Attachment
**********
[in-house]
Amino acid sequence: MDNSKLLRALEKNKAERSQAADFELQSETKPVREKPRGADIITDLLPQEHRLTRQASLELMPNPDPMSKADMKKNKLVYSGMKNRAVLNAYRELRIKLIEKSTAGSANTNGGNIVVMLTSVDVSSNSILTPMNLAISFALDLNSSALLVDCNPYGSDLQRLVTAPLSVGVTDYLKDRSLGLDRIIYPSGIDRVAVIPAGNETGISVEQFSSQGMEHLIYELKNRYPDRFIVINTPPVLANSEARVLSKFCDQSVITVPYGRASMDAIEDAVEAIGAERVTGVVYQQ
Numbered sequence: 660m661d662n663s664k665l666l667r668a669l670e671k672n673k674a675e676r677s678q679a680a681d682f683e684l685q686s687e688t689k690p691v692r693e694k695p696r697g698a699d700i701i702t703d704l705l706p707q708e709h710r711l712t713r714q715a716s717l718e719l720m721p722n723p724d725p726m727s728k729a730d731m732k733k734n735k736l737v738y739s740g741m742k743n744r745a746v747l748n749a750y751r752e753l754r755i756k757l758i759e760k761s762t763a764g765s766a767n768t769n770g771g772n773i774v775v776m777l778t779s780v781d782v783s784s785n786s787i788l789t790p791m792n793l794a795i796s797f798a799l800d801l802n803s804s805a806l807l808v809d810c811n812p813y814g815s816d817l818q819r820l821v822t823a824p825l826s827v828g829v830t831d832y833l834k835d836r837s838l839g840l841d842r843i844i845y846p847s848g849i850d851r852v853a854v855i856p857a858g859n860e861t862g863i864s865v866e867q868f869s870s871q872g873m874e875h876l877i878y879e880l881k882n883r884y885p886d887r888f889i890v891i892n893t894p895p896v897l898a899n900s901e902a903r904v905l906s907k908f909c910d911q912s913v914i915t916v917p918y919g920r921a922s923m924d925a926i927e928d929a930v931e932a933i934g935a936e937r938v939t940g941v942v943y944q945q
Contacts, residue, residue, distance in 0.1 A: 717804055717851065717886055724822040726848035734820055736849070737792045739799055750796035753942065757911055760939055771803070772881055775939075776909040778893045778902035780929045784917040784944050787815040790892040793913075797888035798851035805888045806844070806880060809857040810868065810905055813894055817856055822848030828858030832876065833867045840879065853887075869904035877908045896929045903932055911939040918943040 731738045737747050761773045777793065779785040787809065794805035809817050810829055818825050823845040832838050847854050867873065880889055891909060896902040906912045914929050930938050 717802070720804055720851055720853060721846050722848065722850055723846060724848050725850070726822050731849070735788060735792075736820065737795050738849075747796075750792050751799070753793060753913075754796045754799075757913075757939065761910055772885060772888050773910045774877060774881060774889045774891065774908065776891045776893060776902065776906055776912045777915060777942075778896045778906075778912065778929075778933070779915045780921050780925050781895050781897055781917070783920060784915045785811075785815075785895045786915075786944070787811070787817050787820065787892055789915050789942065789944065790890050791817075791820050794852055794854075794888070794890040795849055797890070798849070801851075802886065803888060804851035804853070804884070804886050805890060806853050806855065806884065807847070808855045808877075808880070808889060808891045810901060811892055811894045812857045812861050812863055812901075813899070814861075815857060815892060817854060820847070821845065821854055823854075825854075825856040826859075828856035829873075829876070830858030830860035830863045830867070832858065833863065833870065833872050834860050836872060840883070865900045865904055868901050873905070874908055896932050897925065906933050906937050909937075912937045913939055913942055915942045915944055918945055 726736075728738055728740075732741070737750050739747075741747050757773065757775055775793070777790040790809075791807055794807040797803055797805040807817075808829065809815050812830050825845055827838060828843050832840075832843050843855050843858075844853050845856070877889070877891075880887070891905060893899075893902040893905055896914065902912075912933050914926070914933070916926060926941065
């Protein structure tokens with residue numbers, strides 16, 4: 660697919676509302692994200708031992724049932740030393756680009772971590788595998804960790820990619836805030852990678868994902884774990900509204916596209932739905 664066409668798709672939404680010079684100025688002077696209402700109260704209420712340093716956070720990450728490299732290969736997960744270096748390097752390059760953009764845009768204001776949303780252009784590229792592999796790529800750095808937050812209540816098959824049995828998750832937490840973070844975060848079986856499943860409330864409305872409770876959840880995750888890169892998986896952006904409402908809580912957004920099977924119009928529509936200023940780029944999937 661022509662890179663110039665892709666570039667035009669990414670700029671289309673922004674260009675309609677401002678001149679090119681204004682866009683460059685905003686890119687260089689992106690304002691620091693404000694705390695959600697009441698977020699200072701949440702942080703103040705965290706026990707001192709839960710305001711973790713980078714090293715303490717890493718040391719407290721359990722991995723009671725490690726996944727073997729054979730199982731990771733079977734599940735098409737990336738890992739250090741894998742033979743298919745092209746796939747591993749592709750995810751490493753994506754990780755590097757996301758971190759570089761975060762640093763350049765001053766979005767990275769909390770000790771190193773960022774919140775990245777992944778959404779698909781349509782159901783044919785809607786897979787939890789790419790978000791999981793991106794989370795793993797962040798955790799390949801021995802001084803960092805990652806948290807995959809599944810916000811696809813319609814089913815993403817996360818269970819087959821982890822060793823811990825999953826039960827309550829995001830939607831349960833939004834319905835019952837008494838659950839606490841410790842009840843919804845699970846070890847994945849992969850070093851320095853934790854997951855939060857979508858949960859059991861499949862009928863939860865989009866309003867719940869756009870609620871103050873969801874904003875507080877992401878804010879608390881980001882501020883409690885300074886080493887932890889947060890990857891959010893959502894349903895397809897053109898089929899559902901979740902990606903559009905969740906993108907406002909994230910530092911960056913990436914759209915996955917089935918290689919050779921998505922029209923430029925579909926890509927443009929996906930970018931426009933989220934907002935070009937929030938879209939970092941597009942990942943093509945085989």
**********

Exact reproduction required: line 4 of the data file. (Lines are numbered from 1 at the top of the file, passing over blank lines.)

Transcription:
Contacts, residue, residue, distance in 0.1 A: 717804055717851065717886055724822040726848035734820055736849070737792045739799055750796035753942065757911055760939055771803070772881055775939075776909040778893045778902035780929045784917040784944050787815040790892040793913075797888035798851035805888045806844070806880060809857040810868065810905055813894055817856055822848030828858030832876065833867045840879065853887075869904035877908045896929045903932055911939040918943040 731738045737747050761773045777793065779785040787809065794805035809817050810829055818825050823845040832838050847854050867873065880889055891909060896902040906912045914929050930938050 717802070720804055720851055720853060721846050722848065722850055723846060724848050725850070726822050731849070735788060735792075736820065737795050738849075747796075750792050751799070753793060753913075754796045754799075757913075757939065761910055772885060772888050773910045774877060774881060774889045774891065774908065776891045776893060776902065776906055776912045777915060777942075778896045778906075778912065778929075778933070779915045780921050780925050781895050781897055781917070783920060784915045785811075785815075785895045786915075786944070787811070787817050787820065787892055789915050789942065789944065790890050791817075791820050794852055794854075794888070794890040795849055797890070798849070801851075802886065803888060804851035804853070804884070804886050805890060806853050806855065806884065807847070808855045808877075808880070808889060808891045810901060811892055811894045812857045812861050812863055812901075813899070814861075815857060815892060817854060820847070821845065821854055823854075825854075825856040826859075828856035829873075829876070830858030830860035830863045830867070832858065833863065833870065833872050834860050836872060840883070865900045865904055868901050873905070874908055896932050897925065906933050906937050909937075912937045913939055913942055915942045915944055918945055 726736075728738055728740075732741070737750050739747075741747050757773065757775055775793070777790040790809075791807055794807040797803055797805040807817075808829065809815050812830050825845055827838060828843050832840075832843050843855050843858075844853050845856070877889070877891075880887070891905060893899075893902040893905055896914065902912075912933050914926070914933070916926060926941065